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  • Dreaming of Change: Young Middle-Class Women and Social Transformation in Jordan
  • Aseel Sawalha
Dreaming of Change: Young Middle-Class Women and Social Transformation in JordanJulia J. Droeber. Leiden: Brill, 2005. Pp. 340. ISBN 900414342.

As the title suggests, this work undertakes the task of tracing the social transformations among educated young middle-class women in contemporary Jordan. Julia Droeber, a German anthropologist, draws upon two years of fieldwork in Jordan's capital, Amman. Most of her subjects shared a specific identity: unmarried female students who attended the Modern Languages Department at the University of Jordan (where Droeber was teaching German) and who continued to live with their families. [End Page 129] Droeber's discussion of these women revolves around the themes of religion, family, friendship, honor, modesty, and lack of political participation.

Although the project emanates from worthy questions about women's political agency and self-identification, Droeber ultimately fails to explain the very social transformations she intended to explore, leaving readers with more questions than insights.

Despite the timely importance of the topic, the book lacks both a solid theoretical base and historical contextualizing. The author overlooks the large body of anthropological literature, especially studies of political economy and social class, and never provides her own definition of the "middle class." Thus she obscures other subdivisions among the women students, such as the crucial distinctions between those who live in Amman, in smaller cities, and in rural areas, or those of Palestinian or Jordanian origins. Nor does she compare her subjects to their counterparts living away from their families in college dorms. Her only demarcation of the middle-class college students is religious, delineating Muslim from Christian, indicative of her preoccupation with Islam. Additionally, the first chapter's historical background on Jordan neglects basic historical, political, and economic factors—in either Jordan or the Middle East—that have influenced the formation of the country's "middle class."

In an ethnography that addresses Jordanian young women and social change, a discussion of the networks of women's organizations, beyond a mere two pages and passing mention of the royal family's leadership in NGOs, would have been welcome. Readers are left to wonder, what prevents middle-class young women from joining the numerous existing organizations, or starting alternative ones? In the chapter focused on women as social agents, Droeber narrates one of the anecdotes that characterize her writing, describing how she participated in an Islamic anti-war march through campus as her informant-friends stood on the sidelines. Typical of the book's style, in her description of the march she foregrounds her own participation and her relation to her informants, comparing herself to them and to other women, while failing to address the more germane question: why didn't those women join the march?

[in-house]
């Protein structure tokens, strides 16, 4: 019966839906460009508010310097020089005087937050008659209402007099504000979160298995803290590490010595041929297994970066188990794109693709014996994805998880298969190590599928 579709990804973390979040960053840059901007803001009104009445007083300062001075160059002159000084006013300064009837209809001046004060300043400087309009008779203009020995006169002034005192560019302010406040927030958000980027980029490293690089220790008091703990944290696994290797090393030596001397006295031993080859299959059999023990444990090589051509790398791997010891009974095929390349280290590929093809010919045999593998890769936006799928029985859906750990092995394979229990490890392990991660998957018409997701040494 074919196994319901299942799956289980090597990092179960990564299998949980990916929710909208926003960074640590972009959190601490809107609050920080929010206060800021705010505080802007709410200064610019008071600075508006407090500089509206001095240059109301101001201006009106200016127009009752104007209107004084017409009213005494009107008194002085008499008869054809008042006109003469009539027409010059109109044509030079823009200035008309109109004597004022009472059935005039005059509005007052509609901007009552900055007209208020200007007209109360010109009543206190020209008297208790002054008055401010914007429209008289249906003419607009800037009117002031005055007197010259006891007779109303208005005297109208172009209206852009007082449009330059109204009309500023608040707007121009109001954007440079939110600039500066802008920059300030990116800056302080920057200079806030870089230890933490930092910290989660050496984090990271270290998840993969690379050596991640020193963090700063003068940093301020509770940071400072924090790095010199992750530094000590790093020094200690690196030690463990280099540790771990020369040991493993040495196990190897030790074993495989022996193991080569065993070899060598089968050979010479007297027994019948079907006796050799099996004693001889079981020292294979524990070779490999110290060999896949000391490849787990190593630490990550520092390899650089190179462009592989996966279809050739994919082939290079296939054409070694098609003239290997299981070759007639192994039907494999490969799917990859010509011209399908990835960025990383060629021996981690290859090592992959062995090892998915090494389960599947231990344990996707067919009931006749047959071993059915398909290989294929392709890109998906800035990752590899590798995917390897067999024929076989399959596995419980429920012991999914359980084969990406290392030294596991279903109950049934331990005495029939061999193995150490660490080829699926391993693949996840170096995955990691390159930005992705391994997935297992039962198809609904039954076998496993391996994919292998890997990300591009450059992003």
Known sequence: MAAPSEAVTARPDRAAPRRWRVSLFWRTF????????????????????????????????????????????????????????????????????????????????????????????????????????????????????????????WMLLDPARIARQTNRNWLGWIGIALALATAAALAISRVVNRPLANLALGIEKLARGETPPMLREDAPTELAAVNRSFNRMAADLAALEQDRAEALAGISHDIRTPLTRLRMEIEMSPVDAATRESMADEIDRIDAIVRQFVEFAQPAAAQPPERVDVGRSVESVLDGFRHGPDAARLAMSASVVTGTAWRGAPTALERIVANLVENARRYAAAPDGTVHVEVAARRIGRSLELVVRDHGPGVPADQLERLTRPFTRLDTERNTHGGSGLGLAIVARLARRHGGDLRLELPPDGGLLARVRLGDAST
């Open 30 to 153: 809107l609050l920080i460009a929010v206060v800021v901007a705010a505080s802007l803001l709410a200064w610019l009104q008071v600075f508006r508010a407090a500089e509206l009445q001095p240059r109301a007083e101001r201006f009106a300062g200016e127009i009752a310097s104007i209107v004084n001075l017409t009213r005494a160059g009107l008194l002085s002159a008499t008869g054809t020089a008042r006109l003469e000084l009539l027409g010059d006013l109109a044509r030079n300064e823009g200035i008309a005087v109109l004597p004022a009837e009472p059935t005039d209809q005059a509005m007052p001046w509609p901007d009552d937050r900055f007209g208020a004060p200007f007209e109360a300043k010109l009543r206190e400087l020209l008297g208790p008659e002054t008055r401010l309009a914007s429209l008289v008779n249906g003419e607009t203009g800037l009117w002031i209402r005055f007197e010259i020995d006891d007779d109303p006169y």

With the exception of two informants (both of whom went to Europe to study), Droeber depicts her interviewees as passive agents with [End Page 130] respect to social change. The book implies that the young women are trapped in the web of religious traditions and social pressures that are imposed on them by their families, especially their fathers. The book implies that the only challenge to these social restrictions, the only forms of social change, are living away from one's family, going to Europe, and dressing in Western clothes, precluding myriad other modes of social resistance or social transformation (as, for example, women's participation in Islamic political movements).

While Droeber's bibliography does list a significant number of the primary works on women in Middle Eastern societies, her ethnography does not use them to analyze her ethnographic data, and by neglecting the strongest scholarship, she ends up rehearsing some outmoded qualities of the Westerner studying women in the Middle East. For instance, having discovered in the field that—contrary to her expectations—"religiousness" was not a main concern of the young women themselves, she nonetheless devotes most of the book to religion (and those discussions remain vague). She dwells on the predictable aspects of clothing (the veil and modesty), especially in chapter seven, "Dress to Impress," which begins and concludes with her anxiety about her own modes of dress...


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pp. 129-131
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